The Loch is a 2013 Scottish fishing RPG by Mitch Alexander. In it, you "fight" fish in turn-based JRPG battles symbolizing the experience of fishing. There's a variety of biomes to explore, each with different species of fish to catch, and it all takes place over a series of days with variable weather / variable NPC behaviors based on the weather.
It's pretty rough around the edges, partly due to short development time constraints (it was originally made for a 7 day Fishing Game jam) and partly due to the limitations of reskinning RPG Maker. There's very little tutorializing, and many core interactions don't feel very intuitive. No one really tells you you're supposed to go all the way south to advance to the next day and heal up, or that you have to equip X and then use skill Y to do Z... in this way, it departs a great deal from typical JRPG or RPGMaker game conventions.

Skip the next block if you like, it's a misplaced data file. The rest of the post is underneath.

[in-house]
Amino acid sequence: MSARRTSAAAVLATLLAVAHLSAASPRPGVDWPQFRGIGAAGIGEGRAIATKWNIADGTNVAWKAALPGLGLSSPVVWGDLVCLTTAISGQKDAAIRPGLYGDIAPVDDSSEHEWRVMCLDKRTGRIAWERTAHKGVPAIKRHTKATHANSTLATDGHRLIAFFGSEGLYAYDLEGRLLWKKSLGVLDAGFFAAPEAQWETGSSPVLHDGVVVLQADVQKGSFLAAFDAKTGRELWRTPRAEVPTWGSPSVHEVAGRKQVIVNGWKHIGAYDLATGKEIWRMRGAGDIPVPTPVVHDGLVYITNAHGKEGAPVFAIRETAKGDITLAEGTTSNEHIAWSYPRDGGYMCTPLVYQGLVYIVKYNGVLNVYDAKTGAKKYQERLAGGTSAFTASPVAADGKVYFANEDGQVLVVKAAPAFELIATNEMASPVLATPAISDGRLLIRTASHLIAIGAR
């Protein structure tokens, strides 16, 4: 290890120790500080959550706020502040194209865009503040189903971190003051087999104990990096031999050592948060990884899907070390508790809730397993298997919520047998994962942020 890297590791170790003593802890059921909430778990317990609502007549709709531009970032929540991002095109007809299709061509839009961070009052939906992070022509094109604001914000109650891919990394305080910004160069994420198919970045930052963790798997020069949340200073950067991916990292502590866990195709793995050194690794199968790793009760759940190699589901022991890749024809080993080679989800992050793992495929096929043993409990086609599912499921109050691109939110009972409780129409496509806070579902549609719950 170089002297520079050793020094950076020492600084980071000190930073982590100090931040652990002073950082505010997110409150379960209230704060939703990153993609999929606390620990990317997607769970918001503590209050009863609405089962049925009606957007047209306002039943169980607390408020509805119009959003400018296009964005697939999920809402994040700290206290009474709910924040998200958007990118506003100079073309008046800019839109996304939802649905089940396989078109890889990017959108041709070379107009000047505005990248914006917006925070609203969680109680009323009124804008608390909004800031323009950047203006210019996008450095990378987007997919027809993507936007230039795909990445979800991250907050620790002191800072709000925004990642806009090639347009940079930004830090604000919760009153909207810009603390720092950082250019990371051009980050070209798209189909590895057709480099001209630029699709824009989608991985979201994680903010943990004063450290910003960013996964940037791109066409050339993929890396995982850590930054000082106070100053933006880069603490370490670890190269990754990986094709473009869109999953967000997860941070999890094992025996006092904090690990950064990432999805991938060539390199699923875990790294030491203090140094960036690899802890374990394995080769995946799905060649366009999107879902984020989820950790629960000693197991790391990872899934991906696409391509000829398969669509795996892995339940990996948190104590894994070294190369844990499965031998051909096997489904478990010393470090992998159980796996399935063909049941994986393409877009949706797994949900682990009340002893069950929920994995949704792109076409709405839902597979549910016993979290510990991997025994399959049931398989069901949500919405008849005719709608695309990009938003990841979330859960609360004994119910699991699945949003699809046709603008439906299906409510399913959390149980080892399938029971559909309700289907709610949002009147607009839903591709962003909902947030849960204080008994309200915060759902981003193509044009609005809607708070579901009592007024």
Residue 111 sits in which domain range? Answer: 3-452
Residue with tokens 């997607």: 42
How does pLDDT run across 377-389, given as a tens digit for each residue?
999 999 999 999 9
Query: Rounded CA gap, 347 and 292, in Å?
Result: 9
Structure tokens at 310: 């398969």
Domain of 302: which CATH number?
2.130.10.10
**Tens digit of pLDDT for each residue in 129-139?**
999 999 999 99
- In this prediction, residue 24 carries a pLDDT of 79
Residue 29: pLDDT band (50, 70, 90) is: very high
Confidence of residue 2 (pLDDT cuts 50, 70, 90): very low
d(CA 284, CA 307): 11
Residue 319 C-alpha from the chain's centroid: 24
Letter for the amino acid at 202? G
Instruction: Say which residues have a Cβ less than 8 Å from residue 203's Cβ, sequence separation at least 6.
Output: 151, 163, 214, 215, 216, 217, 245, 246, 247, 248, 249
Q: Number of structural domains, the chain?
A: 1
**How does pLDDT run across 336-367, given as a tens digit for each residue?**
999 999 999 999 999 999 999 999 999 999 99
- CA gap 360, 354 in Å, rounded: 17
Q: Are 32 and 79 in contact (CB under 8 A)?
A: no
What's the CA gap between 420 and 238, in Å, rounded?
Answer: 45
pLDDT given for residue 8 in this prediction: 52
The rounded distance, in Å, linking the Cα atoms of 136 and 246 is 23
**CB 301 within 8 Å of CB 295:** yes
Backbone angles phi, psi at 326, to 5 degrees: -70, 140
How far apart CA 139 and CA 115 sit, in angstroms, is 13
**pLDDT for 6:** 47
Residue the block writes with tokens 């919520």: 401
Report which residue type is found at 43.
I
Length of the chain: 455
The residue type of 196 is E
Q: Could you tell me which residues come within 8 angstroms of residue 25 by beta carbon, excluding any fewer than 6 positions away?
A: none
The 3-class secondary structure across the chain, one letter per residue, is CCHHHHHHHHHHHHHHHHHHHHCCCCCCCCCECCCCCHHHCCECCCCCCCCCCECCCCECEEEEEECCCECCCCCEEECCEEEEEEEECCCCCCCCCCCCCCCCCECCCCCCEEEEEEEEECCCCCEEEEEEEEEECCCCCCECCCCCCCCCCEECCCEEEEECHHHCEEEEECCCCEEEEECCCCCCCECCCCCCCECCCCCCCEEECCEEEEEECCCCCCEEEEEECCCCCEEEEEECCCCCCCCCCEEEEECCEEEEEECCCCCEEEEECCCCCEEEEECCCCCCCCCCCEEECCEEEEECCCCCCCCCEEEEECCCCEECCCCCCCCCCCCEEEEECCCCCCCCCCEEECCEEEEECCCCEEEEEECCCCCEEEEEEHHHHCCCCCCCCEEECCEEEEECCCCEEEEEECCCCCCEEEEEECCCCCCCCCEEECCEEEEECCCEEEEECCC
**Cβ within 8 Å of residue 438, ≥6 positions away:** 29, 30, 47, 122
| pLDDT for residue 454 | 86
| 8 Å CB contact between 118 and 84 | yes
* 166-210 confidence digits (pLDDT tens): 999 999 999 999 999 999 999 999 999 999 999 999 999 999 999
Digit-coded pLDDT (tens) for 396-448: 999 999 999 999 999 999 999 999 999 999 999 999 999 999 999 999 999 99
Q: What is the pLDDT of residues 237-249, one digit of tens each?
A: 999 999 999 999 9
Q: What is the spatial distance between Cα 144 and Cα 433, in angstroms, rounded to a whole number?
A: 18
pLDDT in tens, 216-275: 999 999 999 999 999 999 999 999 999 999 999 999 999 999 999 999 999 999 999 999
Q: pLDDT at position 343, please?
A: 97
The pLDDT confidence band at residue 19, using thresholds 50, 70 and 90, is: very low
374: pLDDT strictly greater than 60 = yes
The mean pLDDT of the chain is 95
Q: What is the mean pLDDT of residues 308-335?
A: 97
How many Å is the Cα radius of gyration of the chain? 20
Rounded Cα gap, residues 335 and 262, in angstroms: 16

But that departure from convention is also refreshing. Though "open world" carries connotations of large expensive 3D worlds, I'd like to expand the bounds of that genre and discuss The Loch as a "small open world" game. What marks an open world game is the repeated traversal of a space, and reflecting on how that space (or the player) changes over time. In this case, the world is a small Scottish lakeside village where everyone speaks in charming accents and encourages you to kick back and slow down.